24 April

Ile Sainte Marie, a small tropical island on the Northeast coast of Madagascar, we were greeted at the small airport by a zebu cart, our method of transport to the Princesse Bora Lodge.

We checked in and finally were dealt the honeymoon bonus card that I had hoped for: the receptionist told us that they were offering us a free massage in the hotel spa. We booked this for the day before we left and got treated to an hour of perfect tropical bliss each. Alright!

After spending a lazy afternoon hanging out at our bungalow and the beach, we went to the hotel's jetty for a sun downer.

The room was decorated with fresh hibiscus flowers, but the chocolate eggs were handed out by the flight attendant on the plane, as it was Easter Sunday. There were two little chocolate fish inside each of them.

The picture on the lower left is not very good, but when we went for a walk on the beach after dinner, there were hundreds of crabs by the shoreline. You can see their little eyes, maybe.

25 April

We took a pirogue over to the even smaller island Nosy Nato, and went for a walk around. Stupidly, we did not bring our swim suits. The beaches here were so white, and there was no seaweed, which meant no sea urchins. These are the reason we could not swim in the sea at the hotel. If we had not lost a day due to Air Mad, we would have definitely come back here for some hours of relaxing on the beach.

Instead of being lazy by the sea, we went exploring. there were a few little settlements and a light house here.

Do I look happy? Well, that's because I am!!!

After we go back to the hotel, we spent the afternoon snorkeling along the coral reef just off the beach. We both still had our colds, so sadly, we were not able to dive. But snorkeling was very good, too. The corals made a crackling sound in the water, and we saw a scorpion fish, several ginormous sea urchins and loads of different other fish. After, we want to go for a pre-dinner swim in the pool, but are shooed out after  minutes because it apparently needed to be cleaned right there and then. This, plus the loooong waiting times we had whenever we ordered drinks at the bar were the only let-downs during our stay at Princesse Bora.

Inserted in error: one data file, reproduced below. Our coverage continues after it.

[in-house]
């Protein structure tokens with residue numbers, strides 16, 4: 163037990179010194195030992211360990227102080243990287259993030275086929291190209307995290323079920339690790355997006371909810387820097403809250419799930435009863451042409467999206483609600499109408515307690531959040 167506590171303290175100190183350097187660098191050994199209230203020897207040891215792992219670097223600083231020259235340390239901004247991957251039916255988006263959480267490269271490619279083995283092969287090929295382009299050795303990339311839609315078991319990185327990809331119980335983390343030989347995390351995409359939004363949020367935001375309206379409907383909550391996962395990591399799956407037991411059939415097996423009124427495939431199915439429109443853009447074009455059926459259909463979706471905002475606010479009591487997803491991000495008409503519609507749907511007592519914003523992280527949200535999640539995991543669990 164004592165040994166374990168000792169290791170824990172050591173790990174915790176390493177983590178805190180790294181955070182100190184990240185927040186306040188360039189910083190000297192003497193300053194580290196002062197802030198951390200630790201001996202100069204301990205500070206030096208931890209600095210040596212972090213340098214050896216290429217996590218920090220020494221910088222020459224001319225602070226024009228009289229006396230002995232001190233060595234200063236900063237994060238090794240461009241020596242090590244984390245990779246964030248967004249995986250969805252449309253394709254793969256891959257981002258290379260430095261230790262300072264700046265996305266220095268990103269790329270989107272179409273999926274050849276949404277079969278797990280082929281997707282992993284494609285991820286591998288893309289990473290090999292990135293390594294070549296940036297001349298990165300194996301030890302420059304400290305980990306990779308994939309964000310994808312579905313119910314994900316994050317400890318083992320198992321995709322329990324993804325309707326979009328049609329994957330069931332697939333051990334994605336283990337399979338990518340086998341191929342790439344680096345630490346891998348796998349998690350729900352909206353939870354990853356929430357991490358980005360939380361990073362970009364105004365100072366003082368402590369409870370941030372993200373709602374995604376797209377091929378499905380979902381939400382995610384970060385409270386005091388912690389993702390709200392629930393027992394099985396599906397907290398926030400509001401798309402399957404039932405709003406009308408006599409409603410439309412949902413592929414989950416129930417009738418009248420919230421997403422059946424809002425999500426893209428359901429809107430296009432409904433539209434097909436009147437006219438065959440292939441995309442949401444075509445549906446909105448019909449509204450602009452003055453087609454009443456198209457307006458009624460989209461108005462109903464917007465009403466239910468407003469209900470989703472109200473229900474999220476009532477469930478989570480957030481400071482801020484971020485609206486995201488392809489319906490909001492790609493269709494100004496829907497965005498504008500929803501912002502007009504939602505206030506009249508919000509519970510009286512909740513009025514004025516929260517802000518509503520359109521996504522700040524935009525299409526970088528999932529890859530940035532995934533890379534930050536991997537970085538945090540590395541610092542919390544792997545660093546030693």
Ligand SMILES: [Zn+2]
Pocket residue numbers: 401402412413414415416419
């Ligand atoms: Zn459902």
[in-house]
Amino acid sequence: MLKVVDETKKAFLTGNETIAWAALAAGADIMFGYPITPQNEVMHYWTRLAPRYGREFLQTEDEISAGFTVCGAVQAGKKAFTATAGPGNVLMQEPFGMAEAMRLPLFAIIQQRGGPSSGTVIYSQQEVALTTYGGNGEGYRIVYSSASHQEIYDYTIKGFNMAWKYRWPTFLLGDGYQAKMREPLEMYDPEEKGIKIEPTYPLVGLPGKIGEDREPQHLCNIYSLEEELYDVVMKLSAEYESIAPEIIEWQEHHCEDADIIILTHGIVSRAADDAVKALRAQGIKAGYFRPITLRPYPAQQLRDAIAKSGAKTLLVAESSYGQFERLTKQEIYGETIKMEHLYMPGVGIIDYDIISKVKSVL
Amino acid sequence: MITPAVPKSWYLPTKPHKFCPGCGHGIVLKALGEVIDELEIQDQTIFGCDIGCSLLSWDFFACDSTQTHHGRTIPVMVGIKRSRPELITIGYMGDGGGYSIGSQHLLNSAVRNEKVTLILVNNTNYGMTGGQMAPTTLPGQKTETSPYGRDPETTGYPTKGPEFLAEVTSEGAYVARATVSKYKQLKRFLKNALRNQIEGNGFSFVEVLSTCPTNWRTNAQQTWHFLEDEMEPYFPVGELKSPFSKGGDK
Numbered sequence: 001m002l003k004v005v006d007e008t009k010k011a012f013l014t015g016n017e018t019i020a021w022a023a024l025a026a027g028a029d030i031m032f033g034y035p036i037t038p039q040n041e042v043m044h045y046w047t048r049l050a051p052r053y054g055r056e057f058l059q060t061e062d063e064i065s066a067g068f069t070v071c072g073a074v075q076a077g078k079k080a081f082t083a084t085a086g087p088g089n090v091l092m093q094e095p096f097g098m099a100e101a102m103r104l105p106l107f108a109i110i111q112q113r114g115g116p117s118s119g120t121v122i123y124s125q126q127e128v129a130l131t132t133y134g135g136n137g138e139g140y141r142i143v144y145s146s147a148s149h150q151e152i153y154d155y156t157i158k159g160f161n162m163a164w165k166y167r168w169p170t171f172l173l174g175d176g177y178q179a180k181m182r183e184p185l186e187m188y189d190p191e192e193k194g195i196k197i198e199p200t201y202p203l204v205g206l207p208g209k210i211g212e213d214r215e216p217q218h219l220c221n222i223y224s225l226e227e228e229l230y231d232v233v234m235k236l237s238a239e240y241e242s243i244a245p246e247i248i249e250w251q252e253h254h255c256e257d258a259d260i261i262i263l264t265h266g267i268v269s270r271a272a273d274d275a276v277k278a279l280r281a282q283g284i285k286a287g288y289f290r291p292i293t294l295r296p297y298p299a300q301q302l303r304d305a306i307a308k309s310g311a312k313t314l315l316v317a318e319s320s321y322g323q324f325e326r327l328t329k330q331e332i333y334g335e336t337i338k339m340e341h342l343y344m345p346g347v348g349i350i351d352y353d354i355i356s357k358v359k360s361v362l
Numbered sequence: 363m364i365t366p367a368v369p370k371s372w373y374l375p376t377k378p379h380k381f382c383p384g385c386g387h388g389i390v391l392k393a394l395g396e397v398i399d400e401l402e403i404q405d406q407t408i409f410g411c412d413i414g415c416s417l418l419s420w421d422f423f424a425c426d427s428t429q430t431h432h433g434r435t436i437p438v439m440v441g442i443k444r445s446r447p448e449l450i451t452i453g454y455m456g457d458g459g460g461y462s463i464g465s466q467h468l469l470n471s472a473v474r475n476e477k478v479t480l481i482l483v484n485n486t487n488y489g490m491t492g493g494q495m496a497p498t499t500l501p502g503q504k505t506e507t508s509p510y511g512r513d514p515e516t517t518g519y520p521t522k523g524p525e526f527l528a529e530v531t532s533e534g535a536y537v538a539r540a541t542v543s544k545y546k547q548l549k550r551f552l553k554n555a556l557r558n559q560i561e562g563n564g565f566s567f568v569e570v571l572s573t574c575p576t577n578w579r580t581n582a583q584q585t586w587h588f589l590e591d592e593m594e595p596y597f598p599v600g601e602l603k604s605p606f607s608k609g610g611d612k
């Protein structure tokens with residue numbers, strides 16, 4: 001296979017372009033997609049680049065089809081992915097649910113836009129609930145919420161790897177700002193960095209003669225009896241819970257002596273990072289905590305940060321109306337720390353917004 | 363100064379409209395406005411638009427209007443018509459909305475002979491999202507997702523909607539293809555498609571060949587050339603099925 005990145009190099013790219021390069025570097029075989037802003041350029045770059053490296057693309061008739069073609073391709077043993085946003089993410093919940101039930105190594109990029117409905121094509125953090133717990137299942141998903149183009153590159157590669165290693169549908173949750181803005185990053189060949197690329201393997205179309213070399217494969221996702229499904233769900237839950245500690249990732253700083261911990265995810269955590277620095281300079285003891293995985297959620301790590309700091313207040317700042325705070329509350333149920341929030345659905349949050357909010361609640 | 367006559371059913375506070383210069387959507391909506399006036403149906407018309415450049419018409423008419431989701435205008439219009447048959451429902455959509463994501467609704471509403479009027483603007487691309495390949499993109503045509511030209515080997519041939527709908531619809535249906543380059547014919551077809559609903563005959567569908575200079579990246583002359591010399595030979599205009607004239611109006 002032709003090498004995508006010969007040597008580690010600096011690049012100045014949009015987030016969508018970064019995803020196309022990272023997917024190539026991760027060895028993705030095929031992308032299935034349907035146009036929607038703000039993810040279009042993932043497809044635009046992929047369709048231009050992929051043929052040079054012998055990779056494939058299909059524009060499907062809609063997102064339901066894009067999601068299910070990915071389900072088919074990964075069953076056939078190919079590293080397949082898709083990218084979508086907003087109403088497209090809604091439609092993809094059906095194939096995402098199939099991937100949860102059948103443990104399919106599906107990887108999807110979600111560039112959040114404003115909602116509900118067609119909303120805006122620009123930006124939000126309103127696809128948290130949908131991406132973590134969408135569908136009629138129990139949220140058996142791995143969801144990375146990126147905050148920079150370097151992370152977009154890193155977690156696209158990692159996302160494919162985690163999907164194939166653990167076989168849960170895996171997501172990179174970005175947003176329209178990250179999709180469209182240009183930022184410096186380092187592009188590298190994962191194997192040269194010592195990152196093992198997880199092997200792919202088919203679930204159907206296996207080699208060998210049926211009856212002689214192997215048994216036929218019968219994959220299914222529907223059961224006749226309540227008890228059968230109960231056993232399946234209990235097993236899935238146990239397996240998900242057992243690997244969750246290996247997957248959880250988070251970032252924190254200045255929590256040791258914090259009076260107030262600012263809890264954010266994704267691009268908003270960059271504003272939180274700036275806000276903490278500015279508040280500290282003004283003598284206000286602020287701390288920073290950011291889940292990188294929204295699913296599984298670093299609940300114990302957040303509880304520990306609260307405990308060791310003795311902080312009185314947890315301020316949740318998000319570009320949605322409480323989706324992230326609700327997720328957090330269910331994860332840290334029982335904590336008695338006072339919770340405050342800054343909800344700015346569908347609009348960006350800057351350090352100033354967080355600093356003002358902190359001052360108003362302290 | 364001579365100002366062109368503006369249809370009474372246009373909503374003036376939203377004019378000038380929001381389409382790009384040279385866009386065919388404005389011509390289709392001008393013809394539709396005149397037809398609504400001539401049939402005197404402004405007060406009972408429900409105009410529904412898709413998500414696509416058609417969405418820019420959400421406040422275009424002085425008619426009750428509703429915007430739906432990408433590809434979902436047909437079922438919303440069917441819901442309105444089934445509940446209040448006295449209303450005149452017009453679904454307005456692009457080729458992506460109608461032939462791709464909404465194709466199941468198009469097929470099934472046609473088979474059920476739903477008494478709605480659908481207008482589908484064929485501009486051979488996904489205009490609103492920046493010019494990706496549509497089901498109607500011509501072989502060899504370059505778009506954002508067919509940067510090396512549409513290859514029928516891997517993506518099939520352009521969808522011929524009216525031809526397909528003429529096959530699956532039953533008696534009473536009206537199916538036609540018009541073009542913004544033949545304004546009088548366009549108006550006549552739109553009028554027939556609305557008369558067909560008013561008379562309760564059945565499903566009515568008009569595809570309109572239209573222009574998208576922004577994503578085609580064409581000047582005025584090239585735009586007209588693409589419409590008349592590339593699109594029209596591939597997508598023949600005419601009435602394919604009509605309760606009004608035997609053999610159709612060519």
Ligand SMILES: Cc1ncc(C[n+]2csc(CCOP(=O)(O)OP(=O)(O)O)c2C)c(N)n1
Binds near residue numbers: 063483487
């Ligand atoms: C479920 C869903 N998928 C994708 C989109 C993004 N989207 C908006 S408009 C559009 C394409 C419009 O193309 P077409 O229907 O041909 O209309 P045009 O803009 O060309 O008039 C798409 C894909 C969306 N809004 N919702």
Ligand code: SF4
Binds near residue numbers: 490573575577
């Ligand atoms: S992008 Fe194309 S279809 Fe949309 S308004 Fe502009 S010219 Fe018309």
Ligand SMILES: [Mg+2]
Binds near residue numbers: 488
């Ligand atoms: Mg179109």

26 April

We do not do much on this day, just hang by the pool, read and have pizza and tropical cocktails. We also have our pre-dinner massage and after-dinner stargazing on the beach. Lovely!

This was our bungalow.


This cat (and a mutt, and John, the sausage dog) hung around whenever food was served. No croissant was save!

Some impressions of the hotel.

This naked lady is carved out of the trunk of a palm tree.

The self-serve wine cellar. You could just go in, pick your bottle and bring it to the dinner table to have it charged to your room.

27 April

Our flight back to Tana is later in the afternoon, so in the morning we take a taxi to go to the island's capital, Ambodifotatra.


We first visit this old cemetery. Ile Sainte Marie was a major hangout for pirates in the 17th and 18th centuries and this is where some of them are buried. The most famous one to have been based on Sainte Marie was probably William Kidd.

Tombstone with crossbones.


After the cemetery, we go for a walk around the town. Realizing that this is my last opportunity for photos, I probably document the buildings slightly excessively...

Beer crates and gas cylinders.


The harbour.

We sit down to have a pizza and a drink. The pizza never arrives (we wait an hour and then actually have to leave to be able to make our flight) and we never find out why not, but while we are waiting:

Always the real thing!


This is the view onto the airstrip on Ile Saint Marie. We are flying back to Antanarivo for an overnight stay and then it's back home for us.

Thank you very much for coming along for this trip. That's if you are still with me and haven't lost your picture-viewing stamina somewhere around day 15 or so!

If, on the other hand, you would like to see it all again, go here:

© Annika - All The Live Long Day (unless otherwise stated)

1 comment:

  1. Hello :)
    you´v got really interesting photos here, I love these ones with the monkey :)